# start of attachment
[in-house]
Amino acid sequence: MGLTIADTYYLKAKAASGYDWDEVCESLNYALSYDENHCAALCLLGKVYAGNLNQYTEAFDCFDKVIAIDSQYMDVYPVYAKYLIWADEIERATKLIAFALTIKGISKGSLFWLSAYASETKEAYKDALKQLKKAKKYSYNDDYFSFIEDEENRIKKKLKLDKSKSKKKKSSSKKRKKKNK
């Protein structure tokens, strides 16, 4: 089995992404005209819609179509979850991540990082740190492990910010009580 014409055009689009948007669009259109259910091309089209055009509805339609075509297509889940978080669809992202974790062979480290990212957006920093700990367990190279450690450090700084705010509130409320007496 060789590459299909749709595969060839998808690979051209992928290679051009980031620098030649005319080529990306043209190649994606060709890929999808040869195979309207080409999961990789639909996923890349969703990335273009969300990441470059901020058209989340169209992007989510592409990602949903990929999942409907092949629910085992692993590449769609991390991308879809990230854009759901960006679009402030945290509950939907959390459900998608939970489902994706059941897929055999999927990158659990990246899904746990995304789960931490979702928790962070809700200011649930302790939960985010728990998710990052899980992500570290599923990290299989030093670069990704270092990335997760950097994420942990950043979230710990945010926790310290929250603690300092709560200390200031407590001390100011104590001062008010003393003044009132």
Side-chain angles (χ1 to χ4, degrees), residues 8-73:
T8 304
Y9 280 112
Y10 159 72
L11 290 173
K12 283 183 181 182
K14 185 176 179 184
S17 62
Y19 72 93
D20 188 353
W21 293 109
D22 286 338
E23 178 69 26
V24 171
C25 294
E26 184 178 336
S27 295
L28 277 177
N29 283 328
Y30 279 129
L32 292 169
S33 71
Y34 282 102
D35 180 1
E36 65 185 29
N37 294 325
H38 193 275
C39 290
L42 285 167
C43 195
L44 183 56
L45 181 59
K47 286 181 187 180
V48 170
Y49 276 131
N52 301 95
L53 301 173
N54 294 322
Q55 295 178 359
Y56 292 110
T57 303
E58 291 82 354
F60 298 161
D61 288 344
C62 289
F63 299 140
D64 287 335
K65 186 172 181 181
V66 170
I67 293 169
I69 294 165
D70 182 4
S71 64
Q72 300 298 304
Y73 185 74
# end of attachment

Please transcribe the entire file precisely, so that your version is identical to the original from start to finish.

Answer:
[in-house]
Amino acid sequence: MGLTIADTYYLKAKAASGYDWDEVCESLNYALSYDENHCAALCLLGKVYAGNLNQYTEAFDCFDKVIAIDSQYMDVYPVYAKYLIWADEIERATKLIAFALTIKGISKGSLFWLSAYASETKEAYKDALKQLKKAKKYSYNDDYFSFIEDEENRIKKKLKLDKSKSKKKKSSSKKRKKKNK
């Protein structure tokens, strides 16, 4: 089995992404005209819609179509979850991540990082740190492990910010009580 014409055009689009948007669009259109259910091309089209055009509805339609075509297509889940978080669809992202974790062979480290990212957006920093700990367990190279450690450090700084705010509130409320007496 060789590459299909749709595969060839998808690979051209992928290679051009980031620098030649005319080529990306043209190649994606060709890929999808040869195979309207080409999961990789639909996923890349969703990335273009969300990441470059901020058209989340169209992007989510592409990602949903990929999942409907092949629910085992692993590449769609991390991308879809990230854009759901960006679009402030945290509950939907959390459900998608939970489902994706059941897929055999999927990158659990990246899904746990995304789960931490979702928790962070809700200011649930302790939960985010728990998710990052899980992500570290599923990290299989030093670069990704270092990335997760950097994420942990950043979230710990945010926790310290929250603690300092709560200390200031407590001390100011104590001062008010003393003044009132």
Side-chain angles (χ1 to χ4, degrees), residues 8-73:
T8 304
Y9 280 112
Y10 159 72
L11 290 173
K12 283 183 181 182
K14 185 176 179 184
S17 62
Y19 72 93
D20 188 353
W21 293 109
D22 286 338
E23 178 69 26
V24 171
C25 294
E26 184 178 336
S27 295
L28 277 177
N29 283 328
Y30 279 129
L32 292 169
S33 71
Y34 282 102
D35 180 1
E36 65 185 29
N37 294 325
H38 193 275
C39 290
L42 285 167
C43 195
L44 183 56
L45 181 59
K47 286 181 187 180
V48 170
Y49 276 131
N52 301 95
L53 301 173
N54 294 322
Q55 295 178 359
Y56 292 110
T57 303
E58 291 82 354
F60 298 161
D61 288 344
C62 289
F63 299 140
D64 287 335
K65 186 172 181 181
V66 170
I67 293 169
I69 294 165
D70 182 4
S71 64
Q72 300 298 304
Y73 185 74